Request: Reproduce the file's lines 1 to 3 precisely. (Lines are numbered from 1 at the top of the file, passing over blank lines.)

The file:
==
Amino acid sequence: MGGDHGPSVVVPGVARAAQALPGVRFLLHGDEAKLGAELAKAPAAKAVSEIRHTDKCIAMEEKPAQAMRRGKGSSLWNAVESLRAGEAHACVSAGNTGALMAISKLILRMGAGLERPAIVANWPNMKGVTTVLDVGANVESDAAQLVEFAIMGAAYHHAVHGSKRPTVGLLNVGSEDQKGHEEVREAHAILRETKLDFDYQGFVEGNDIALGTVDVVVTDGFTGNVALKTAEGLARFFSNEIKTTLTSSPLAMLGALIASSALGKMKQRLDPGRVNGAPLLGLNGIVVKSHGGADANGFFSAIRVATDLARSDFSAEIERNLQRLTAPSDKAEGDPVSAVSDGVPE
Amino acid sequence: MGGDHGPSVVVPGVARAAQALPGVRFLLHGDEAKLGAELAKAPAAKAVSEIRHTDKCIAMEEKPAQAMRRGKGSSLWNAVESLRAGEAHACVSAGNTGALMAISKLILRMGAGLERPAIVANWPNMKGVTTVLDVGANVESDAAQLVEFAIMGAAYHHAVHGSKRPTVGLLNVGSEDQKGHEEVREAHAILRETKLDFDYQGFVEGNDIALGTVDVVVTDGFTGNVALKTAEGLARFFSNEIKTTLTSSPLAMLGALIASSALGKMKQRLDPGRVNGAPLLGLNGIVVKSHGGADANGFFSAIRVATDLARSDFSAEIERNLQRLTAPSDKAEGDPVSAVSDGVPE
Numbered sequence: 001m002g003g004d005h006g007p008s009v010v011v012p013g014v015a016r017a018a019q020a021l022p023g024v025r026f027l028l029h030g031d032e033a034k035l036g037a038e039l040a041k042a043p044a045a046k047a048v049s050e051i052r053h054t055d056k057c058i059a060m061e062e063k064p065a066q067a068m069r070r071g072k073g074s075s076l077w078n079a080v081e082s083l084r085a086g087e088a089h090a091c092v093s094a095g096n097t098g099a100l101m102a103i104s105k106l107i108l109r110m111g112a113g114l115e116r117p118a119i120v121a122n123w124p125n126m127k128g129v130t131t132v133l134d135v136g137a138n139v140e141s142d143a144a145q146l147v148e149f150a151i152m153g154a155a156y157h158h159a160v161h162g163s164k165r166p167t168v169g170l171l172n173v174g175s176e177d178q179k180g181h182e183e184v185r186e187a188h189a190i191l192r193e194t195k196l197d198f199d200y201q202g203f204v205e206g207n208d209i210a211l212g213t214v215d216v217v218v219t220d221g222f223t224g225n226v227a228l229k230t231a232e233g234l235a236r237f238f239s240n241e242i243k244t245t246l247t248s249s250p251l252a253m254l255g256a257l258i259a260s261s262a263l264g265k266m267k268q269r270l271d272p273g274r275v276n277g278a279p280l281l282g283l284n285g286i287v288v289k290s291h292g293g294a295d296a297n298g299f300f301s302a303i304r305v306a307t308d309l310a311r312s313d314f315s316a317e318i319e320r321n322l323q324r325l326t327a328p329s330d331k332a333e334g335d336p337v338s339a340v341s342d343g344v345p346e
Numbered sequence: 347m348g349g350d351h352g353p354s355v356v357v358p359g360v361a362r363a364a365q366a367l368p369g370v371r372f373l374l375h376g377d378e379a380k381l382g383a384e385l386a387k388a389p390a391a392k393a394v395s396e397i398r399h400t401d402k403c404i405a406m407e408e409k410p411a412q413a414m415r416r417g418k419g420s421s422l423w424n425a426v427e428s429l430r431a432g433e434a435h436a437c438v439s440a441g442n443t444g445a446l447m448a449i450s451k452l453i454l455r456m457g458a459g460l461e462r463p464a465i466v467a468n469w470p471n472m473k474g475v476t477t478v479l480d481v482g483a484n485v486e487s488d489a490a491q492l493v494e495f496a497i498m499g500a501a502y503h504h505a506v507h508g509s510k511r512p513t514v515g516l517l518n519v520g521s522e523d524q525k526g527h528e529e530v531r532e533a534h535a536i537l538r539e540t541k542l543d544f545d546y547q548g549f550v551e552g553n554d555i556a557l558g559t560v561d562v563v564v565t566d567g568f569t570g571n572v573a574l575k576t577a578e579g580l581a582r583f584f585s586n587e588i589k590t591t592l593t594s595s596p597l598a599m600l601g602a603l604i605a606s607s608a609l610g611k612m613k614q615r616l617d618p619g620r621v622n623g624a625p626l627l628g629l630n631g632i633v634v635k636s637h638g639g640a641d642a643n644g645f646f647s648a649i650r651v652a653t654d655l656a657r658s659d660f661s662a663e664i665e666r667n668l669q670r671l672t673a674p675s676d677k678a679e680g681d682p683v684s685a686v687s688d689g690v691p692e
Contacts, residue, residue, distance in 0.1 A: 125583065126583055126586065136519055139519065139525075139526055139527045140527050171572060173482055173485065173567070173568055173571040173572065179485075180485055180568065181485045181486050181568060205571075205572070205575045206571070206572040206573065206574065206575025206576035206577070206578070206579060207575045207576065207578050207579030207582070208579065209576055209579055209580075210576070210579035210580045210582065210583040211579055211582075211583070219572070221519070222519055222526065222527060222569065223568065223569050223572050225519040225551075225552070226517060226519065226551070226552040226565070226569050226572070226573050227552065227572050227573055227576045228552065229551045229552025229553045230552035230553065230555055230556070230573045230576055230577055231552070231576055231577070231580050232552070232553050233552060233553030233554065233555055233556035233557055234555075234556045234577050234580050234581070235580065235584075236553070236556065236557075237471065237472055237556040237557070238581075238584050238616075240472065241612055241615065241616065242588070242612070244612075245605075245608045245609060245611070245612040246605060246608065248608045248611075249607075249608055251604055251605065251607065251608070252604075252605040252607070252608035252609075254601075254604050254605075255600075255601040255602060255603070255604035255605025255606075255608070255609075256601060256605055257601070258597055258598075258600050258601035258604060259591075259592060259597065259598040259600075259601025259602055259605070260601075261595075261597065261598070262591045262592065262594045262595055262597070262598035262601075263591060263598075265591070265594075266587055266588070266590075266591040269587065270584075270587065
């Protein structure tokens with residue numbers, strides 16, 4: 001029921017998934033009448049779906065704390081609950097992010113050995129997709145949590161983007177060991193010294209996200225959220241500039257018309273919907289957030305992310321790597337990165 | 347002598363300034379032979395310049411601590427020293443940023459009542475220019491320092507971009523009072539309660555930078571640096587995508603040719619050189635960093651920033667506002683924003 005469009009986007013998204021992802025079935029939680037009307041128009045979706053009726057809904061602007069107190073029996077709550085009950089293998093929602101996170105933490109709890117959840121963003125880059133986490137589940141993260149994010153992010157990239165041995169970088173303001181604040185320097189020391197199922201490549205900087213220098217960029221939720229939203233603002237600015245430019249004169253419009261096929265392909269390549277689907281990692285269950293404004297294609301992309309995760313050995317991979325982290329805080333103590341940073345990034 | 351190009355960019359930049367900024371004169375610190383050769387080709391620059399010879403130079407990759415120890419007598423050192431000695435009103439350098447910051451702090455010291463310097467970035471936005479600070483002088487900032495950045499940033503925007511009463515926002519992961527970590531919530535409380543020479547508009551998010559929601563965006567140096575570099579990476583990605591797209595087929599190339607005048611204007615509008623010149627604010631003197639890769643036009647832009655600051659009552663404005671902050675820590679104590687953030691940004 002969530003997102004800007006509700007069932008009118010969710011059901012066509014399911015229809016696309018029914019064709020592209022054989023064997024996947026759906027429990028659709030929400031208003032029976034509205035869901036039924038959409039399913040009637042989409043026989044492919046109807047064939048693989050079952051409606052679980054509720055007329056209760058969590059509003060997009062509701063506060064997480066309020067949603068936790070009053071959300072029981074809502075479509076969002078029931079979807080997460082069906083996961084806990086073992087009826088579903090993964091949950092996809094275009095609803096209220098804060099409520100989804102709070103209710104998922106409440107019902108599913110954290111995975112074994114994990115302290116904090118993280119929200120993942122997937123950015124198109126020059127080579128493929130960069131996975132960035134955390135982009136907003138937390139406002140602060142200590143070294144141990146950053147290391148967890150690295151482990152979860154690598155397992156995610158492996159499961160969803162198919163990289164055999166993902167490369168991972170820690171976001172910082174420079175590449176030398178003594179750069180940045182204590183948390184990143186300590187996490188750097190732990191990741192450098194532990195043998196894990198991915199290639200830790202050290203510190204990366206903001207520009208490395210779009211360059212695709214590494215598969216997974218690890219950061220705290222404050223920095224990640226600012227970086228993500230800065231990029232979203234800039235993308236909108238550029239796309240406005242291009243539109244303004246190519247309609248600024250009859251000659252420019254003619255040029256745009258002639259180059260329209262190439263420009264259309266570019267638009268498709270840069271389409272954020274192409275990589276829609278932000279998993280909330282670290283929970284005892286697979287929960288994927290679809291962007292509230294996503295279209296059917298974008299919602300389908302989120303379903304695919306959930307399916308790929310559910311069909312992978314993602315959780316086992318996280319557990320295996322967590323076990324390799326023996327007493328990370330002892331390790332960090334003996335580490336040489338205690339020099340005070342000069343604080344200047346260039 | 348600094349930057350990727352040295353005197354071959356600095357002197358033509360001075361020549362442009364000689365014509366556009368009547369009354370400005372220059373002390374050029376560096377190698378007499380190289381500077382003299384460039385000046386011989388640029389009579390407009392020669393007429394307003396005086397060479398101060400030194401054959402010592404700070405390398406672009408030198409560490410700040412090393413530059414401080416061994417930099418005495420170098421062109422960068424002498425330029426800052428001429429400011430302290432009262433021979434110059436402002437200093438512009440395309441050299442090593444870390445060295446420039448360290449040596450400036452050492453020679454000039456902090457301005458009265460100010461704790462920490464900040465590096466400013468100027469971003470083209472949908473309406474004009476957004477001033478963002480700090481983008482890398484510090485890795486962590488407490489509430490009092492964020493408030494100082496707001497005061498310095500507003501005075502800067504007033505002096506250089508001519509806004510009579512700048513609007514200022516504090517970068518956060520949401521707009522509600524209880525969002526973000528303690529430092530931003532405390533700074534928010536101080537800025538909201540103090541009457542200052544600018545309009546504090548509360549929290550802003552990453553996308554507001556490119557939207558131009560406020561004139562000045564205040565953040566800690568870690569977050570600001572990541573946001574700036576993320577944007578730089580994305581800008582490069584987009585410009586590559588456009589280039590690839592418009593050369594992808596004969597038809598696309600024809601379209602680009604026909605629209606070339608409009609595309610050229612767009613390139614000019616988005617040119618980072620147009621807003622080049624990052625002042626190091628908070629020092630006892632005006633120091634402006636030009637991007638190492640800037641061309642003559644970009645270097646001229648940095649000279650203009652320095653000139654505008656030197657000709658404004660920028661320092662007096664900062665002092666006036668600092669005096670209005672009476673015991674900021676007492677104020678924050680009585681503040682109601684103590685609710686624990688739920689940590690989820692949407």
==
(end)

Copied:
Amino acid sequence: MGGDHGPSVVVPGVARAAQALPGVRFLLHGDEAKLGAELAKAPAAKAVSEIRHTDKCIAMEEKPAQAMRRGKGSSLWNAVESLRAGEAHACVSAGNTGALMAISKLILRMGAGLERPAIVANWPNMKGVTTVLDVGANVESDAAQLVEFAIMGAAYHHAVHGSKRPTVGLLNVGSEDQKGHEEVREAHAILRETKLDFDYQGFVEGNDIALGTVDVVVTDGFTGNVALKTAEGLARFFSNEIKTTLTSSPLAMLGALIASSALGKMKQRLDPGRVNGAPLLGLNGIVVKSHGGADANGFFSAIRVATDLARSDFSAEIERNLQRLTAPSDKAEGDPVSAVSDGVPE
Amino acid sequence: MGGDHGPSVVVPGVARAAQALPGVRFLLHGDEAKLGAELAKAPAAKAVSEIRHTDKCIAMEEKPAQAMRRGKGSSLWNAVESLRAGEAHACVSAGNTGALMAISKLILRMGAGLERPAIVANWPNMKGVTTVLDVGANVESDAAQLVEFAIMGAAYHHAVHGSKRPTVGLLNVGSEDQKGHEEVREAHAILRETKLDFDYQGFVEGNDIALGTVDVVVTDGFTGNVALKTAEGLARFFSNEIKTTLTSSPLAMLGALIASSALGKMKQRLDPGRVNGAPLLGLNGIVVKSHGGADANGFFSAIRVATDLARSDFSAEIERNLQRLTAPSDKAEGDPVSAVSDGVPE
Numbered sequence: 001m002g003g004d005h006g007p008s009v010v011v012p013g014v015a016r017a018a019q020a021l022p023g024v025r026f027l028l029h030g031d032e033a034k035l036g037a038e039l040a041k042a043p044a045a046k047a048v049s050e051i052r053h054t055d056k057c058i059a060m061e062e063k064p065a066q067a068m069r070r071g072k073g074s075s076l077w078n079a080v081e082s083l084r085a086g087e088a089h090a091c092v093s094a095g096n097t098g099a100l101m102a103i104s105k106l107i108l109r110m111g112a113g114l115e116r117p118a119i120v121a122n123w124p125n126m127k128g129v130t131t132v133l134d135v136g137a138n139v140e141s142d143a144a145q146l147v148e149f150a151i152m153g154a155a156y157h158h159a160v161h162g163s164k165r166p167t168v169g170l171l172n173v174g175s176e177d178q179k180g181h182e183e184v185r186e187a188h189a190i191l192r193e194t195k196l197d198f199d200y201q202g203f204v205e206g207n208d209i210a211l212g213t214v215d216v217v218v219t220d221g222f223t224g225n226v227a228l229k230t231a232e233g234l235a236r237f238f239s240n241e242i243k244t245t246l247t248s249s250p251l252a253m254l255g256a257l258i259a260s261s262a263l264g265k266m267k268q269r270l271d272p273g274r275v276n277g278a279p280l281l282g283l284n285g286i287v288v289k290s291h292g293g294a295d296a297n298g299f300f301s302a303i304r305v306a307t308d309l310a311r312s313d314f315s316a317e318i319e320r321n322l323q324r325l326t327a328p329s330d331k332a333e334g335d336p337v338s339a340v341s342d343g344v345p346e